After the sandwiches, I was brought a tray that included two types of scones with clotted cream and their own Marco Polo Tea Jelly.  The fluffy scones were the traditional raisin and an apple one.  I really enjoyed the contrast that tart green fruit slivers brought to the clotted cream that I dolloped on top of each half.  I also put a generous helping of the jelly on top of that.  The jelly gave a slightly sweet, floral, fruity essence to every bite of the scones and was a delightful combination with the buttery, rich cream and is exclusive to Claridges.  When I discovered that I could buy a jar of the jelly in their gift shop, I snapped up a it so that I could re-create this experience back at home.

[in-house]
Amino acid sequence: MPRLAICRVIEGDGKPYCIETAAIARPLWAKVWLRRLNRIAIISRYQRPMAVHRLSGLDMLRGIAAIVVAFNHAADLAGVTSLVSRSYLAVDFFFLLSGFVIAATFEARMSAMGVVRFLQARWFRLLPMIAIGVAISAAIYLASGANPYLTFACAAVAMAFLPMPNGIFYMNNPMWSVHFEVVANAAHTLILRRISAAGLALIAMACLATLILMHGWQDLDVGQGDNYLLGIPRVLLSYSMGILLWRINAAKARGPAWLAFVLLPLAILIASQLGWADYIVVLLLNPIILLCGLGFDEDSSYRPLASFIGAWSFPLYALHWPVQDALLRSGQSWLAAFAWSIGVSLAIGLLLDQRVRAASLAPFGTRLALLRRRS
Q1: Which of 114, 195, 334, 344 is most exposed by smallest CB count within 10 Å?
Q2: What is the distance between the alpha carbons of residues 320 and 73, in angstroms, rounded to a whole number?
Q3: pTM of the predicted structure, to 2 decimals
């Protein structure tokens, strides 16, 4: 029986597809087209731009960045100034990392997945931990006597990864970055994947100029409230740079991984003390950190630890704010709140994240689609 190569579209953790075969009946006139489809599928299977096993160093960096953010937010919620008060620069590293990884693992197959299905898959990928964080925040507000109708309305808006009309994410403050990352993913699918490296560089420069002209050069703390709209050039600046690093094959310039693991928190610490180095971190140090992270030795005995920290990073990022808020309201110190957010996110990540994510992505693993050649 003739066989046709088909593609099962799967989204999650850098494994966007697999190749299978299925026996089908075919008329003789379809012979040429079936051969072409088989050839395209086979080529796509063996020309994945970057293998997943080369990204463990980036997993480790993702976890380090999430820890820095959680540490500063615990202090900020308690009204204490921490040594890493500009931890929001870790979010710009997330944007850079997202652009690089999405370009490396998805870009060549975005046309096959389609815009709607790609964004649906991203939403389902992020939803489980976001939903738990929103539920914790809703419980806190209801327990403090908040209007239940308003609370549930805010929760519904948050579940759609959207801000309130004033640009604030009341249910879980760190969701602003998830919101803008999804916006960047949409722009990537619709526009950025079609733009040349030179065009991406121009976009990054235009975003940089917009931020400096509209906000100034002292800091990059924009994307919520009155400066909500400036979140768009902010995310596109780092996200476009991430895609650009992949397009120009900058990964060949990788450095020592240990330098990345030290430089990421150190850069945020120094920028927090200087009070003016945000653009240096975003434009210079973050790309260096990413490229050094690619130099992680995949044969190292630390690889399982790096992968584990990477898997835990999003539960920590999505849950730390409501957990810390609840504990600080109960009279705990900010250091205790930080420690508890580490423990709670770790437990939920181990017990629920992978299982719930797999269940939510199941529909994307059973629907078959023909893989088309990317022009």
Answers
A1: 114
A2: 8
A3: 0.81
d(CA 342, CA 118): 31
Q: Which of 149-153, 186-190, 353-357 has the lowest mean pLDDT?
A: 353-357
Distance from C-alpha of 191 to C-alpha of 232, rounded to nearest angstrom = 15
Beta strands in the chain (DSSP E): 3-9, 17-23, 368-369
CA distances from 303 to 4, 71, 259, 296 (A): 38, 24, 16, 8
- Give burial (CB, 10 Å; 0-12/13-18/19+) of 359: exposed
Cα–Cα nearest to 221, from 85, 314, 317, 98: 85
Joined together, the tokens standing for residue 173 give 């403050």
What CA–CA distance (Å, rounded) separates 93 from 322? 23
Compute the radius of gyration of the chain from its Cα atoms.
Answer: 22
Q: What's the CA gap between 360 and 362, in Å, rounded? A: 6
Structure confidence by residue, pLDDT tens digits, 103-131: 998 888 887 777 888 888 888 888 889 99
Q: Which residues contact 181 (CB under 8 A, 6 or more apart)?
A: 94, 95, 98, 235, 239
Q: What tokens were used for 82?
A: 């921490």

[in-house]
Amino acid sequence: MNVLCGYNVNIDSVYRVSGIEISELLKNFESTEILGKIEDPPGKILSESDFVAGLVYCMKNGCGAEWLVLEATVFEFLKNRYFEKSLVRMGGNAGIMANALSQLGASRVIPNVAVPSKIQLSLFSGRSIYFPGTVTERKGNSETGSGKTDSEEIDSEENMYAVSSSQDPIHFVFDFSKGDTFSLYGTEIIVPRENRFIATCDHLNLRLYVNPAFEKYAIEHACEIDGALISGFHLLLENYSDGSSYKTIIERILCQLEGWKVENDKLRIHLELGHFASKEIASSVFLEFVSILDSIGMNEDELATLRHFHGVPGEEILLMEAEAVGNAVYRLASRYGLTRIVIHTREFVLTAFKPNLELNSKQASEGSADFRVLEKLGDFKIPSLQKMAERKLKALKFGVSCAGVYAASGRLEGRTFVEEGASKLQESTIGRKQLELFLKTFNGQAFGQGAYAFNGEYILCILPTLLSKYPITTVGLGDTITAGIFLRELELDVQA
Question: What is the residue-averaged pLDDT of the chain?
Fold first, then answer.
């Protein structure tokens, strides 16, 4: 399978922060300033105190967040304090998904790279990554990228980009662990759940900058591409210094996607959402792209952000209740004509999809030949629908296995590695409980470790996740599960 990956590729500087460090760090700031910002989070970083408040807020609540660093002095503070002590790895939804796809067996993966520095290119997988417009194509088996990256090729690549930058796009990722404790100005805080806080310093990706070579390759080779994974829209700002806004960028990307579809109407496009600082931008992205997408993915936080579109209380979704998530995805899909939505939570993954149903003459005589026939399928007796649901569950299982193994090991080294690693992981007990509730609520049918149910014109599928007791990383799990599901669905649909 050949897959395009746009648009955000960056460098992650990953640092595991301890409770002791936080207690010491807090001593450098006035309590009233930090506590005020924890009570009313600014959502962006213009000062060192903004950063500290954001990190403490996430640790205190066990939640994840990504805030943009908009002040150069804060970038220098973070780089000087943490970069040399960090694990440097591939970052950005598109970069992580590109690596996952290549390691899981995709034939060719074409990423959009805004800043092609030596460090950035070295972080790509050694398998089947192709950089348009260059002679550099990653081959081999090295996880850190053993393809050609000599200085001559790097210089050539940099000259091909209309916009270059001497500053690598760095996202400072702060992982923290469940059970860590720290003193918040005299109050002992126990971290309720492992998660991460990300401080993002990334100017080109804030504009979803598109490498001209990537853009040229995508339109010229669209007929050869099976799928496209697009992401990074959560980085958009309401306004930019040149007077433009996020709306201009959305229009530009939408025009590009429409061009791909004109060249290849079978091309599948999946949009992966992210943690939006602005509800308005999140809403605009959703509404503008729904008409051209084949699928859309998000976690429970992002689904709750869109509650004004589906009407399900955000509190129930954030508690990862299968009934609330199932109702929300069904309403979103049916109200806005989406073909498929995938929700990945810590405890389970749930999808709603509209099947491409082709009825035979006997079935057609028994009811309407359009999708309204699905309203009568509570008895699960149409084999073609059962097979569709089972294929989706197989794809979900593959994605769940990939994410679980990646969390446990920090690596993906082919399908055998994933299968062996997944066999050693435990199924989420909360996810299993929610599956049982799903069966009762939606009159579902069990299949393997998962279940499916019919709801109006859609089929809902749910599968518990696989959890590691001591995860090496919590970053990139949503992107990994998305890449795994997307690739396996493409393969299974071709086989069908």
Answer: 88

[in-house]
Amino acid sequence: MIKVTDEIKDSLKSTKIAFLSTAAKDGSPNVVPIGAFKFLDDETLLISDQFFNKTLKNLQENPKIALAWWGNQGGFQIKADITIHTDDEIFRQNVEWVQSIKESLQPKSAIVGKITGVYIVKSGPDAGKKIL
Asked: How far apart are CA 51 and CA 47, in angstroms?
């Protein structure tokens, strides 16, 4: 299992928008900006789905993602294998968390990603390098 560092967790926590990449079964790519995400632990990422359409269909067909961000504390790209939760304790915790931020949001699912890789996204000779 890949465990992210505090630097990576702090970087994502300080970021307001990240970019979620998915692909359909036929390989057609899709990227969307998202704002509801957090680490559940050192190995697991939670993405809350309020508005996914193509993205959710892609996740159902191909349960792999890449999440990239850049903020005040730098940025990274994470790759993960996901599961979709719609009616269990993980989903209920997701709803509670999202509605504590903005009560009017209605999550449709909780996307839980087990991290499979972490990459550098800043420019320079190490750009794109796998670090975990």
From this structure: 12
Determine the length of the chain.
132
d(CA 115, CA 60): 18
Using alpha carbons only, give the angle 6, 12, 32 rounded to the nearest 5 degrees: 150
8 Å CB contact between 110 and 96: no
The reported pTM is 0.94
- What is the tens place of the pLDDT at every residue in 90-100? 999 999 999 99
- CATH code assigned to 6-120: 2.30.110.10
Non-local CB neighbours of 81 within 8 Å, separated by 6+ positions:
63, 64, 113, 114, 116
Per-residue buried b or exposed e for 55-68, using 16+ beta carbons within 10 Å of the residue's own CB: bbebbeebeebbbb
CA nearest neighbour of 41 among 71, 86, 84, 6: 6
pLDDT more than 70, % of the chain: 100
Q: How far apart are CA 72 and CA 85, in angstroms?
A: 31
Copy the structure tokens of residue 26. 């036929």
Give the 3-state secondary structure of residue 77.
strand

Along with the scones came two sweet treats.  The one on the left is basically a millefeuille with vanilla bean-speckled pastry cream.  Done wrong and these confections taste horrible, sort of like glue and cardboard put together.  Done perfectly, as this one was, you get crisp, toasty puff pastry with delicately-flavored vanilla cream slathered between each layer.  The star of this plate for me was, however, the Passionfruit Shot.  So much beautiful, tropical flavor was came together in this small glass.  I wish that all desserts could be this wonderfully constructed.

Millefeuille and Passionfruit Shot

Burnt sugar style tuile pieces and cubes of fresh pineapple decorated the top of this dish.  Then, the spoon touches the passionfruit mousse which has the exact right balance between fruit flavor and fluffy mousse-iness (combining cream, sugar, and eggs).  As the fruit in its native state can be somewhat tart and acidic, the chef was a genius in bringing out the tropical, floral notes without those other features showing through.  At the bottom of the glass, for that extra punch of flavor was a thin layer of passionfruit curd, further tying together the dish by going back for a sweet finish.  I could have eaten a whole tray of these.